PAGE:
Take Illegals From Sabah, Not Bring In Rohingya – Jeffrey Tells Putrajaya

Instead of bringing in Rohinya refugess, the federal government should take away some, if not all, the illegal immigrants already in Sabah, says Jeffrey Kitingan. – Internet photo

KOTA KINABALU: The federal government should not even consider taking in more Rohingya refugees but instead take as many as possible the illegal Filipino and Indonesian immigrants now inundating Sabah.

This suggestion was made by Dr Jeffrey Gapari Kitingan, the president of Parti Solidariti Tanah Airku (STAR), in response to the announcement by Nur Jazlan Mohamed, the deputy Home Minister that Malaysia is willing to accept more Rohingya refugees.

In a statement Tuesday, Jeffrey said that Nur Jazlan himself has shown a deep concern when in the same breath he expressed fears that some Rohingya militants could take advantage of Malaysia’s goodwill after entering the country.

“If there is strong suspicion and worry about national security, why invite danger by accepting the Rohingya who may very well be a Trojan Horse,” Jeffrey demanded.

“By now Malaysia should have been adequately warned after the way these refugees demonstrated in the national capital on August 30. They were so violent that more than a hundred protestors were arrested.”


“It is now public knowledge that the Rohingya have a very different culture which is characterised by brashness, impudence and aggressiveness which are the reasons they don’t get along with their Buddhist fellow countrymen in Myanmar,” Jeffrey pointed out.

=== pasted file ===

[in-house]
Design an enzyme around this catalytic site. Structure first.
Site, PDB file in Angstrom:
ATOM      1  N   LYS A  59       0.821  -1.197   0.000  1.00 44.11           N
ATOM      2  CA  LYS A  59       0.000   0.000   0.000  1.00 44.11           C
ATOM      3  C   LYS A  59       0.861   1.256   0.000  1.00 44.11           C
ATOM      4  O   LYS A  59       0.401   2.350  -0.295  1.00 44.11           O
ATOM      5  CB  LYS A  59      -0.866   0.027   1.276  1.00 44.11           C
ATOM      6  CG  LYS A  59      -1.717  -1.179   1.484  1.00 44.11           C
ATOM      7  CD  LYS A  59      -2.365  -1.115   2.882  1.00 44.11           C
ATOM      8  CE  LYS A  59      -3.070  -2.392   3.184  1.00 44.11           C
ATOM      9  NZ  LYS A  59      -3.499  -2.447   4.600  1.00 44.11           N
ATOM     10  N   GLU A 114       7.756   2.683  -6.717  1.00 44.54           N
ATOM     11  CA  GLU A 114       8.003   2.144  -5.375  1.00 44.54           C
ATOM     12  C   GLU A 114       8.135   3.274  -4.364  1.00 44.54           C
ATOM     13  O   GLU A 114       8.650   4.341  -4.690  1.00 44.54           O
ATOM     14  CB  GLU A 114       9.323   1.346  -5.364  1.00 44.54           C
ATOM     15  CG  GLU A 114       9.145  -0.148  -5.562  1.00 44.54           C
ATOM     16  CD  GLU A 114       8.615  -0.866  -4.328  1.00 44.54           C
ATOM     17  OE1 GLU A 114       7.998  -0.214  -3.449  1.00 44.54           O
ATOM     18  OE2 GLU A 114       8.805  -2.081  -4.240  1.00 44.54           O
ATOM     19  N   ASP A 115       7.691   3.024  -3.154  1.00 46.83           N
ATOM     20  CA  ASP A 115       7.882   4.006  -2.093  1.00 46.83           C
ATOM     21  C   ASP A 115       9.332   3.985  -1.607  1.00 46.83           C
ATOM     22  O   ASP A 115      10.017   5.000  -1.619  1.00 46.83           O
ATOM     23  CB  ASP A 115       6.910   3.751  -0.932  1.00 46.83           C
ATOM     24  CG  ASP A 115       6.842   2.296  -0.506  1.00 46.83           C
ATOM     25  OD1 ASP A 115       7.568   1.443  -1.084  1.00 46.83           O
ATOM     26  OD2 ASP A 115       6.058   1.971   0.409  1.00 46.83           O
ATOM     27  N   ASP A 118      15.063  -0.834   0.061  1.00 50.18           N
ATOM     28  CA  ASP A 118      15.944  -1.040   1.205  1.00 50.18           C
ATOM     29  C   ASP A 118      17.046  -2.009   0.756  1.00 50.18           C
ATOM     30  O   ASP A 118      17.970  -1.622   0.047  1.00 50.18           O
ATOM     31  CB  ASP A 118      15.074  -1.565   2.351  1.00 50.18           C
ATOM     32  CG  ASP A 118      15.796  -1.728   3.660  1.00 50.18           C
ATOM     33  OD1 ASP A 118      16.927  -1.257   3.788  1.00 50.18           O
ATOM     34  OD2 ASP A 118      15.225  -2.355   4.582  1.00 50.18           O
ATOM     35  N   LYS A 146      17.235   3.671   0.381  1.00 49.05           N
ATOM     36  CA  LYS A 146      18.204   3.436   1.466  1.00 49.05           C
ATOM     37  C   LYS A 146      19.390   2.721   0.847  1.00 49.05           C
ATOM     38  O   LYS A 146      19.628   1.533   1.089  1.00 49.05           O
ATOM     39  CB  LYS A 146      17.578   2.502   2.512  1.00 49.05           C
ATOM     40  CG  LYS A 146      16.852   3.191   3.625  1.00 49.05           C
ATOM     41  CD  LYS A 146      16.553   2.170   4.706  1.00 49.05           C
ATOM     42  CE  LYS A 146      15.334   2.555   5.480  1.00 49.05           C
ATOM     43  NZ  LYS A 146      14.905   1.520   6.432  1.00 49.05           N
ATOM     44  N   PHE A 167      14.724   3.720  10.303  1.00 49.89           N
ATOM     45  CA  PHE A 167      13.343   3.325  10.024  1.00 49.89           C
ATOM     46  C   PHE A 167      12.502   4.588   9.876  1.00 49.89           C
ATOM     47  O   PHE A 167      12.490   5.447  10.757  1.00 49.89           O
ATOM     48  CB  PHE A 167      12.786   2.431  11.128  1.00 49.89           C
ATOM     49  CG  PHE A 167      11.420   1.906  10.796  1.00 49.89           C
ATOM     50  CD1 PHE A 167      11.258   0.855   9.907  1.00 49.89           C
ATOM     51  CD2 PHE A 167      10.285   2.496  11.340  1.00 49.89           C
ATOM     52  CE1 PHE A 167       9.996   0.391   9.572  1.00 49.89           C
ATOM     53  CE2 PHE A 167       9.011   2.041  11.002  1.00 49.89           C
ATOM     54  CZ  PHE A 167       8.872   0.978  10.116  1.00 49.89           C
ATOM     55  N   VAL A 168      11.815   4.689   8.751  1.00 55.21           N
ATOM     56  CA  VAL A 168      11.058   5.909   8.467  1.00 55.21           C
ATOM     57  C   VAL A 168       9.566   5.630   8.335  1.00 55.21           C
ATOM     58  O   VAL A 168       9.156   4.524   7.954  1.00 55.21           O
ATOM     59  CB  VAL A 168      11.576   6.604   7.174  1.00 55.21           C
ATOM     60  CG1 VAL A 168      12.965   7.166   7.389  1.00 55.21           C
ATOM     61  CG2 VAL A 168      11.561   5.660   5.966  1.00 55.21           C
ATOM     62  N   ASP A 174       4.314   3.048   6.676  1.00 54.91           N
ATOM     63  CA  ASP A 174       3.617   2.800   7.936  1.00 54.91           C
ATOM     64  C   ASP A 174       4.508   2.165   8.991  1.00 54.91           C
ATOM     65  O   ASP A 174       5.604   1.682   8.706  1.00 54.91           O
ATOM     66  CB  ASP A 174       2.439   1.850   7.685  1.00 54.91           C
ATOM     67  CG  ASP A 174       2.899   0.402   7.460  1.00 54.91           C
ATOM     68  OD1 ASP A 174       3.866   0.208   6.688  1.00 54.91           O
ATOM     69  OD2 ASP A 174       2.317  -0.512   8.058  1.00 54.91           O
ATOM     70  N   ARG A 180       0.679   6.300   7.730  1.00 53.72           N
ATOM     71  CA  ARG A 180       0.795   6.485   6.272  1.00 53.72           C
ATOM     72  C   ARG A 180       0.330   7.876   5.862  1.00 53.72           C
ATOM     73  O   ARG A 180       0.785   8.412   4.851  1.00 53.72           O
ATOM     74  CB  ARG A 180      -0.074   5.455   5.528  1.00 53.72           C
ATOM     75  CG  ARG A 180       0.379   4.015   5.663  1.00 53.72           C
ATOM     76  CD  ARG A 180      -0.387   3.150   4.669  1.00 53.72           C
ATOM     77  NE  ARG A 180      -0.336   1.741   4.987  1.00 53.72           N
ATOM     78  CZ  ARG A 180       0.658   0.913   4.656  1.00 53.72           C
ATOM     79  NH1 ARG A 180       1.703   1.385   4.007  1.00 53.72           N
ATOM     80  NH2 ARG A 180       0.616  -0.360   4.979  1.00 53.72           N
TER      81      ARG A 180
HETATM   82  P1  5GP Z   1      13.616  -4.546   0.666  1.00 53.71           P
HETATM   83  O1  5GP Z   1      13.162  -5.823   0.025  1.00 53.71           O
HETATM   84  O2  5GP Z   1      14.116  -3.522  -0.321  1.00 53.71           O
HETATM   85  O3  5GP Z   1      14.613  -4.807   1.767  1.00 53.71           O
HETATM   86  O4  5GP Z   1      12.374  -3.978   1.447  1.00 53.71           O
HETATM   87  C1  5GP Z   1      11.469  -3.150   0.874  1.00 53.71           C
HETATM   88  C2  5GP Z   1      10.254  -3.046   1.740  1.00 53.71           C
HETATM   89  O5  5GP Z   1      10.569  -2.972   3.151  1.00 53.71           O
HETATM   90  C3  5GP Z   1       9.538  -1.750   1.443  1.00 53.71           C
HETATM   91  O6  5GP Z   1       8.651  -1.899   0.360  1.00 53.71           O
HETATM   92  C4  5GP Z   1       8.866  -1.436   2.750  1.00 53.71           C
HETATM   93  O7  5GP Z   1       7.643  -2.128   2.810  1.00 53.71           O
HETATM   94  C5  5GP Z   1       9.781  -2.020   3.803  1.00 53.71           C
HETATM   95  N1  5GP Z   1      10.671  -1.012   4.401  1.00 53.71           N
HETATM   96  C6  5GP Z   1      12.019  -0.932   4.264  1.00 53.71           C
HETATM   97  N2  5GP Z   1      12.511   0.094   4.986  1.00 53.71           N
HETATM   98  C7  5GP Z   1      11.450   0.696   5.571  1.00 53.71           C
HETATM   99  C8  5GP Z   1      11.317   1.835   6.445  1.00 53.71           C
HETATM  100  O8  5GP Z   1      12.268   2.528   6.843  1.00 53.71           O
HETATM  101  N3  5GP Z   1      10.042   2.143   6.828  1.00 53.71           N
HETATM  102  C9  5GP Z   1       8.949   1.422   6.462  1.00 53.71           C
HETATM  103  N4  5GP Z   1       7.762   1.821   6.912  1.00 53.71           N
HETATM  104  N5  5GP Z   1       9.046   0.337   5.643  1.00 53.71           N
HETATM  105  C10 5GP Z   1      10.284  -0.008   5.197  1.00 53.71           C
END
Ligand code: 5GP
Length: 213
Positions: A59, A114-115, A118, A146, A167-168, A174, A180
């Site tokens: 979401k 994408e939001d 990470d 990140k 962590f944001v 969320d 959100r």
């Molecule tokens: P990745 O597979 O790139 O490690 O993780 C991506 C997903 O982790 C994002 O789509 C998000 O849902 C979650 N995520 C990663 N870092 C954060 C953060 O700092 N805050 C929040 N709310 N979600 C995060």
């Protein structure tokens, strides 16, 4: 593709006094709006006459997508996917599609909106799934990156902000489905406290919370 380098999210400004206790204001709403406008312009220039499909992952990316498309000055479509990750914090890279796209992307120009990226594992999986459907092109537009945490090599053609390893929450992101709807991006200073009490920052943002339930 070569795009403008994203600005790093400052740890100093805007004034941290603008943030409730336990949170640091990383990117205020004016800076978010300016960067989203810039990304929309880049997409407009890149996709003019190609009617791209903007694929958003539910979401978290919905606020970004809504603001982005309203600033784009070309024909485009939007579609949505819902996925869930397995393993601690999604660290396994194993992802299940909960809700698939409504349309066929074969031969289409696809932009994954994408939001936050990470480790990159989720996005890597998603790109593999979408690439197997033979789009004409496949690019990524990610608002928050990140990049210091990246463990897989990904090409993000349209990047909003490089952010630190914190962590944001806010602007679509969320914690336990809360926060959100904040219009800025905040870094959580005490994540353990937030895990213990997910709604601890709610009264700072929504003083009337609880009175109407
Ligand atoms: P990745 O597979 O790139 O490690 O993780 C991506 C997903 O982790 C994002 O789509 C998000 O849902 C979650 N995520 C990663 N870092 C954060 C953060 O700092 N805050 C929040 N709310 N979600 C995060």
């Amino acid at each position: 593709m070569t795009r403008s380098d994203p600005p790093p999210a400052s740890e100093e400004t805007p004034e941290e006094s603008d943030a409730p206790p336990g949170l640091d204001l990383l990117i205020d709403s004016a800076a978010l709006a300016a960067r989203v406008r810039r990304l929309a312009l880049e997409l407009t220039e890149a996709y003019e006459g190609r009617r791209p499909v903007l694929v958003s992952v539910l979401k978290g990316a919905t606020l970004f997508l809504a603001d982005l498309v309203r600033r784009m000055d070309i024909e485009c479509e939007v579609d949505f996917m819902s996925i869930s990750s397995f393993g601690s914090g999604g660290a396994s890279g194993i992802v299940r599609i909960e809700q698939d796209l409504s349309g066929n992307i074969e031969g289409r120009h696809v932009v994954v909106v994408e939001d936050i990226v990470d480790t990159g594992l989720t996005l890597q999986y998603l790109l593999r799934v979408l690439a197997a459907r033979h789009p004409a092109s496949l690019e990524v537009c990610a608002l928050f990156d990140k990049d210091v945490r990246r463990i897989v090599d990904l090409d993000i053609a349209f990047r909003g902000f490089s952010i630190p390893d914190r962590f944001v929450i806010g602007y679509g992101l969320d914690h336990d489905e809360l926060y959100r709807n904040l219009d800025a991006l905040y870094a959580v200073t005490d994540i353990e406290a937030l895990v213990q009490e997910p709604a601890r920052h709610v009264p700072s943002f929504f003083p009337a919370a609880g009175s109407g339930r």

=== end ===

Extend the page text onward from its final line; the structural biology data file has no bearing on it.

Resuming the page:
“They simply will not get along with the peace-loving Malaysians. There are now a number of reports which have gone viral in the social media about Malayans’ bad experience with them.”

Jeffrey, who is also Bingkor state assemblyman, said with a lot more refugees being accepted into Malaysia, the country will suffer serious economic and socio-political ramifications, not unlike the ones now happening in Europe with refugees from the Middle East.

If Malaya is really hungry for refugees in addition to the present flood of Bangladeshis there, he said they are welcome to take as many as possible from the hundreds of thousands of the illegal, and even legal, immigrants from Sabah.

“At least our immigrants here are more predictable, although they have caused serious socio-economic problems to us,” Jeffrey added.

Migrants from Myanmar and Bangladesh at a police station in Kuah, Langkawi, Kedah, in this 2015 photo by EPA. Many Rohingya Muslims, a stateless minority in predominately Buddhist Myanmar, often escape by travelling to Malaysia and Indonesia through Thailand.

“The danger with having more Rohingya is that eventually many of them will spill over to Sabah. And to us that’s a frightful addition to our half-century problems with immigrants from our neighbours.”

Jeffrey said Malaysians should also start asking what the hidden agenda is in the UMNO/BN government wanting more refugees at a time when Malaysia is burdened with so many economic problems.

“Everywhere, Malaysians are saying that the open secret is that the immigrants, like the Bangladeshis, will be given temporary ICs to enable them to vote,” Jeffrey said.

“The UMNO/BN government is so desperate to retain power that it is willing to compromise our national security for the sake of their leaders’ political survival.”